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Delta Says There’s More Than Just Cheap Fuel Behind Record Profits

Delta Air Lines expects revenue this year to outpace the company’s record-shattering 2015 profits reported on Tuesday.

On Tuesday, Delta reported an adjusted pre-tax income of $5.9 billion for the four quarters of 2015. That number represents a nearly 29 percent jump in earnings performance over the previous year. Company officials told investors that similar gains can be expected in the coming year.

Delta management admits that historically low fuel costs have helped to launch the record profit reports, but shortly after the earnings report was released on Tuesday, Delta VP of Investor Relations Jill Groileer took to the company’s website to explain that the low price of jet fuel isn’t the only reason for the legacy carrier’s unprecedented profits. Greer noted that while the airline is happy to be reporting record-breaking profits, it is worth noting that Delta and the industry as a whole are seeing a decline in unit revenues.

Greer told investors that Delta has an edge in this area. She insists Delta is able to consistently outperform the competition when it comes to unit revenues. “This is happening for a number of reasons, but mainly because we have the best operations and better products and services,” she noted. “The price of a ticket isn’t the only factor in our customers’ travel decision-making process. For many customers, they’re willing to pay a premium to fly on the airline they trust to consistently get them home on time.”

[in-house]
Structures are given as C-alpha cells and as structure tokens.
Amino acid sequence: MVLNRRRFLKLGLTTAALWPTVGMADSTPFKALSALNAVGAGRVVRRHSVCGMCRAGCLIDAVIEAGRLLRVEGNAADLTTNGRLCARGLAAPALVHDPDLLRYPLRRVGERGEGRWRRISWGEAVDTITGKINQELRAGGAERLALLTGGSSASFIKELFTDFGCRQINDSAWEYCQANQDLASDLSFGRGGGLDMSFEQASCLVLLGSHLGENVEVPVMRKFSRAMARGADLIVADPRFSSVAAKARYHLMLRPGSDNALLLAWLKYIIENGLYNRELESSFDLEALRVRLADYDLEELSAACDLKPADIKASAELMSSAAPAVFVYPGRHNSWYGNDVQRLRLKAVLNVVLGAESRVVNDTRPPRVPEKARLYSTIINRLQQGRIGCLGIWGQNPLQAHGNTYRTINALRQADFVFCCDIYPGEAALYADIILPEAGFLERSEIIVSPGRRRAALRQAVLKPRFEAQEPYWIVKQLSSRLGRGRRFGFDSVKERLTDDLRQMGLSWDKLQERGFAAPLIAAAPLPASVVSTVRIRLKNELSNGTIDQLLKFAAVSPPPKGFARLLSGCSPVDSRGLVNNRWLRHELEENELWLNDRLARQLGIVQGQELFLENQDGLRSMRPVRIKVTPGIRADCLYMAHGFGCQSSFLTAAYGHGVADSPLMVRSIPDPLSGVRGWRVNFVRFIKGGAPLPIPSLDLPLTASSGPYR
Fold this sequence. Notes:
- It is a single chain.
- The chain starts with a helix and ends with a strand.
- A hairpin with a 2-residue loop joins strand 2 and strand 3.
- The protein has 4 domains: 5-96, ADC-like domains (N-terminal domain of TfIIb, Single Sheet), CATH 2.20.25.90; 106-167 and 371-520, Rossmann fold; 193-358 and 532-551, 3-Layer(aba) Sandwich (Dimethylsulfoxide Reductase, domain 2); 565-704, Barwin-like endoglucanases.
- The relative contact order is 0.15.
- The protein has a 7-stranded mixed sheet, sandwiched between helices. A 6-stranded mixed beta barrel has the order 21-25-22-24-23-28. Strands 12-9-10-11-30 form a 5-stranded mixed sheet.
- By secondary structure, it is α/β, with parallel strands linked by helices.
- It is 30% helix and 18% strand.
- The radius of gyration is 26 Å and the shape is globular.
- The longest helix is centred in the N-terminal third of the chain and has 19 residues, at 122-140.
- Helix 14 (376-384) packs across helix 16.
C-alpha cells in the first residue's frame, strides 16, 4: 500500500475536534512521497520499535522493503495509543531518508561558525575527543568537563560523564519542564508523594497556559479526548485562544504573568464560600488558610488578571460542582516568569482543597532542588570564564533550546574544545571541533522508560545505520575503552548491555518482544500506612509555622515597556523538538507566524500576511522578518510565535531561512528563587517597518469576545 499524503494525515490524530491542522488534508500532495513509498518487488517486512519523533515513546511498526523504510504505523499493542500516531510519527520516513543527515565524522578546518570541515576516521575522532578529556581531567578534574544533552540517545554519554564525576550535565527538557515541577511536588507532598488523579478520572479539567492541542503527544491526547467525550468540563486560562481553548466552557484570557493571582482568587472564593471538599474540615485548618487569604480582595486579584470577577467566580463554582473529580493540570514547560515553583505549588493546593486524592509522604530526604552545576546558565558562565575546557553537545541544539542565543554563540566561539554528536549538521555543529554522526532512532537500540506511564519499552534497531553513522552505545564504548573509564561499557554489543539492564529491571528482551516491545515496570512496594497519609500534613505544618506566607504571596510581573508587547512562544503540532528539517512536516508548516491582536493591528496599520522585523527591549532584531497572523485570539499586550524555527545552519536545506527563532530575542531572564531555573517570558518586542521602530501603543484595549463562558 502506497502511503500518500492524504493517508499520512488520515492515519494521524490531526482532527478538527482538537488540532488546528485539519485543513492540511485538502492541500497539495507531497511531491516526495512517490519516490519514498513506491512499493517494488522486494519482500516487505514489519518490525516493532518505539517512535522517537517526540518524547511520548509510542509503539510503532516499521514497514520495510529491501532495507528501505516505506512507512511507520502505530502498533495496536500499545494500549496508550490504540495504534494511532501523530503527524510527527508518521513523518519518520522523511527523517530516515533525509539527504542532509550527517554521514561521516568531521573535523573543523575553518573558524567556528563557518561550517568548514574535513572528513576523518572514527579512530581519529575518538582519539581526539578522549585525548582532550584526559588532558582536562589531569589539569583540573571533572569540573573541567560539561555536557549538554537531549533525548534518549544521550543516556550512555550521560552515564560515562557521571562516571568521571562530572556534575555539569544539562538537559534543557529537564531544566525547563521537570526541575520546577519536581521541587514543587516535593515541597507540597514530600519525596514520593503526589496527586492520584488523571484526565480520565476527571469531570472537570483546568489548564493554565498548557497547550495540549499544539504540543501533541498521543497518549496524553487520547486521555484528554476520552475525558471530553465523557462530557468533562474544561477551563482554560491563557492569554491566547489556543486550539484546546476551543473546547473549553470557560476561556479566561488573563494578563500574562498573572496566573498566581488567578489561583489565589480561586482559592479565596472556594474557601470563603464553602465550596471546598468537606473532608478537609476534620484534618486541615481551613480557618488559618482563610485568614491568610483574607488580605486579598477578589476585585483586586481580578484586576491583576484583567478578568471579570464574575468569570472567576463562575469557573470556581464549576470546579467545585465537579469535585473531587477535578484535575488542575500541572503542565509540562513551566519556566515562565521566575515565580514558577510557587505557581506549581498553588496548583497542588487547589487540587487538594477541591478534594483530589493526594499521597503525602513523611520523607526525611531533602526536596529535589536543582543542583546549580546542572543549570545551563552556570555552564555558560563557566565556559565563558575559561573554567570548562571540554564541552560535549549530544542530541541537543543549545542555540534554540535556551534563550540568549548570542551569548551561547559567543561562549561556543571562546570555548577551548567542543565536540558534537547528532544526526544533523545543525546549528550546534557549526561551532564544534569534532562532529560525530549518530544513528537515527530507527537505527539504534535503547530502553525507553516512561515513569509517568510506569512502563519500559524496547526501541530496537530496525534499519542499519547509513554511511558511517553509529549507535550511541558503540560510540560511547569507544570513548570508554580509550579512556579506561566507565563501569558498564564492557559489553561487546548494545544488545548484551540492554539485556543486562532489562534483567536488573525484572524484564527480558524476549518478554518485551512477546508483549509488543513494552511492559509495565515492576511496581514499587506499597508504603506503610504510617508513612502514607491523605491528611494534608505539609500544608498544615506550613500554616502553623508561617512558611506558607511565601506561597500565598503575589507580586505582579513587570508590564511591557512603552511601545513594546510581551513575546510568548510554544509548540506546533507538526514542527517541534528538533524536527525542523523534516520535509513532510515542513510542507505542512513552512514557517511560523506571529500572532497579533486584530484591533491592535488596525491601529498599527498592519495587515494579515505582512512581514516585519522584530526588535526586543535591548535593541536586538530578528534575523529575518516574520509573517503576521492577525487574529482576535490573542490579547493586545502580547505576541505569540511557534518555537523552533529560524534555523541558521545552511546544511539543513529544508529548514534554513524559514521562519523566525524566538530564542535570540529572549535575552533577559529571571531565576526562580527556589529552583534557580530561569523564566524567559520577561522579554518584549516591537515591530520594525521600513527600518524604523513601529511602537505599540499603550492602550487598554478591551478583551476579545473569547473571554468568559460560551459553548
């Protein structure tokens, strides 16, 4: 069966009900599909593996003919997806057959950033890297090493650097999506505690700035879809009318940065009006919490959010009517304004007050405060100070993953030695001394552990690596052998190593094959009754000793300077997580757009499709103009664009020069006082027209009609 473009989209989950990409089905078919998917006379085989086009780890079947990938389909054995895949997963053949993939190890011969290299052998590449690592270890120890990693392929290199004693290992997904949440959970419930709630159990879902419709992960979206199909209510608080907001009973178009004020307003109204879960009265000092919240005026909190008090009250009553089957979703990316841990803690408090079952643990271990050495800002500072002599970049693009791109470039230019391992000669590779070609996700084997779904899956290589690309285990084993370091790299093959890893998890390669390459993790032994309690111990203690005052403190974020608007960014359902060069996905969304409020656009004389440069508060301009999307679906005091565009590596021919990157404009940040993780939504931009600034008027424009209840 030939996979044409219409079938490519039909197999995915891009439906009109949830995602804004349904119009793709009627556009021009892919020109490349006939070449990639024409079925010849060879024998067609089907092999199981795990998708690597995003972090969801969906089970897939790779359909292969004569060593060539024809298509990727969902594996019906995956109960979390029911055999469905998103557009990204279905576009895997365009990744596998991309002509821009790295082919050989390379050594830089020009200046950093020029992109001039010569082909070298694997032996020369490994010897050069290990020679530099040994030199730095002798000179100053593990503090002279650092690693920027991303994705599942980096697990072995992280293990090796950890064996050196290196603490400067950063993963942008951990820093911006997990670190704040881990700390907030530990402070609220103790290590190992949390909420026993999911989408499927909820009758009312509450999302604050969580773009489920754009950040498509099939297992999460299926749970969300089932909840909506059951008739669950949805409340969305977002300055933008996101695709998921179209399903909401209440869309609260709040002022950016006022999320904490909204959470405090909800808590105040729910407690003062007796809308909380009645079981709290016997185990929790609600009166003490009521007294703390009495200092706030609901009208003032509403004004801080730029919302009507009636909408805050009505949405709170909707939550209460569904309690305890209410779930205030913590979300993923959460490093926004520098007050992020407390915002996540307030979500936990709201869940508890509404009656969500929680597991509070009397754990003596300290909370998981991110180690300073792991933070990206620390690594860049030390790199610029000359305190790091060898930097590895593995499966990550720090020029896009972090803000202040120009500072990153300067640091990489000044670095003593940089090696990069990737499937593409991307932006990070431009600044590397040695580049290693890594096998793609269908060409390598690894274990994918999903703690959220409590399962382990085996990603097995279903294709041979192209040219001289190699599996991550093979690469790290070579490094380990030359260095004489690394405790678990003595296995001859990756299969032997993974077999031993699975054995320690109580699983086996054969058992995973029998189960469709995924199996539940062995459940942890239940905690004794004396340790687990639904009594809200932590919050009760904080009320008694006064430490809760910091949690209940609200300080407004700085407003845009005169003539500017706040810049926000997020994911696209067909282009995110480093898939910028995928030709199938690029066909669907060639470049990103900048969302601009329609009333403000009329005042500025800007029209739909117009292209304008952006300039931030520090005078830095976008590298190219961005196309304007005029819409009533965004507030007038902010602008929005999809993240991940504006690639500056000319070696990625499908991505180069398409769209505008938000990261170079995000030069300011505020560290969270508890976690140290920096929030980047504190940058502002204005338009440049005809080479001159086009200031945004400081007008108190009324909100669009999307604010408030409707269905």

Greer points to business decisions made nearly a decade ago as a big part of the reason the airline has been able to capitalize on the recent low oil prices. “We built the foundation for Delta to be consistently and sustainably profitable throughout the business cycle at oil prices of $100 or more per barrel,” she said. “So right now, we’re more or less in the sweet spot with market jet fuel prices at around 90 cents per gallon.”

Delta officials argue that strict cost discipline and a commitment to paying down corporate debt have not only helped to lead to the company’s best profits ever, but will also allow the airline to remain profitable when fuel prices eventually rise again. In the meantime, cheap fuel is helping to mitigate strains on profitability that the company has identified which include fierce domestic competition, a decline in demand for overseas destinations and a weaker euro.

[Image: Delta Air Lines]

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2 Comments
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Azzuristar January 21, 2016

TIme to up the service or lose the MEA

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mmff January 21, 2016

For those wondering, 90 cents per gallon = $37.80 per barrel.